Framed or Frameless Cabinets

“Framed or Frameless?”

There is much debate on the interwebs regarding framed vs. frameless cabinetry. Framed fans cite ease-of-installation pros vs. low-tolerance cons, particularly when discussing the inevitably uneven walls and less-than-level floors encountered in remodeling. Frameless aficionados, on the other hand, may tout the undeniable superiority of a European look and scowl at the mere mention of a quarter of an inch of reveal. By the way, ‘reveal’ is one of those words everybody understands when used as a verb…as in, “When mounting a bar stool, take care not to reveal your fleshy thigh.” When ‘reveal’ is used as a noun, the meaning becomes less clear. But I digress.

Once you rise to a certain level of quality construction, there is little cost difference between framed or frameless cabinetry. So why all the debate? And what should you be wary of if you encounter a designer with a rabid distaste for one or the other? Be suspicious of a designer trying to convince you to buy one style for the simple reason that they don’t sell the other. You certainly can’t blame a salesperson for trying hard to sell the only product they offer, but their single choice may not be the best option for you. If the designer has both lines available but is still talking Bigtime Smack about one of them, they may not have stepped out of their comfort zone to learn something other than what they were trained to do a zillion years ago.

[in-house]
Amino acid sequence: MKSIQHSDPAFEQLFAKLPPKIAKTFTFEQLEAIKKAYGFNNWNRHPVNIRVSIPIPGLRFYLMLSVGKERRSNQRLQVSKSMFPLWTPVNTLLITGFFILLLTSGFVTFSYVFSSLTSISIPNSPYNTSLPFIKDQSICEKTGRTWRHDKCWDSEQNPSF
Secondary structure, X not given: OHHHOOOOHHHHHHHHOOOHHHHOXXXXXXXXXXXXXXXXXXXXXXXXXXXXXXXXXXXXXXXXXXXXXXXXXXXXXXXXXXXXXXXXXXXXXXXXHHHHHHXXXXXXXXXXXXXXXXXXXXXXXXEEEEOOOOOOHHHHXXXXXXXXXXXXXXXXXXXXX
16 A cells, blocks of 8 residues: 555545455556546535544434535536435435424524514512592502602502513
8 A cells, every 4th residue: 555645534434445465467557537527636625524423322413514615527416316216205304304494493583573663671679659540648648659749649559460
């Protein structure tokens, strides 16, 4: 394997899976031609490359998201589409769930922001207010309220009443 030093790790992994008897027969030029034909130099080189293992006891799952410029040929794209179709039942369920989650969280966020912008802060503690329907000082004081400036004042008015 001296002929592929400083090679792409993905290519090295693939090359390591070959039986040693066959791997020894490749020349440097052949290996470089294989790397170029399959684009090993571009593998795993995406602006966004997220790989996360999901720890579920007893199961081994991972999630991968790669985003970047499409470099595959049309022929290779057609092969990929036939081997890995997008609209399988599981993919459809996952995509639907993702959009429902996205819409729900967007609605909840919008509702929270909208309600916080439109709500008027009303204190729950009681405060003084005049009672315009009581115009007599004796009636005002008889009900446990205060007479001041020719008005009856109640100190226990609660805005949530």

Both of those situations are pretty lame. Hopefully, you will recognize what’s happening and find yourself a better place to do business. Your best strategy is always to find a knowledgeable, reputable designer you can trust who can help you choose the best construction method based upon your project’s requirements rather than their personal biases.

Here are some good examples of why a super-fab designer may lead you down one path or the other:

  • The door style or the finish or the material you want to use is available in one box construction method but not the other. A common example of this might be a high gloss acrylic uber-contemporary slab door, which is typically only available with a frameless cabinet box. If this is your situation, availability (or lack thereof) makes your decision very easy.
  • The style you’re looking for is available in both framed and frameless and your main concern is appearance. If this is the case, it will be simple to look at sample photos, have a designer point out some particulars, and you’ll make your choice based on your personal preferences.
  • Jobsite peculiarities. There really are some dicey site issues that are best dealt with by employing an extended stile or inset retractable doors. These features are available with framed cabinetry because they involve frames, which frameless cabinets don’t have. Duh.

And now we see that the framed/frameless controversy falls into the realm of I Have Better Things To Worry About Than This. We find ourselves here with the perfect illustration (if I do say so myself) of how and when a designer’s expertise can be invaluable. If your designer is asking you the right questions they can easily help you determine which option is truly best suited for your finished project. Donesies. Now, let’s move on to a truly worthwhile debate – toilet tissue draped over or hanging under?

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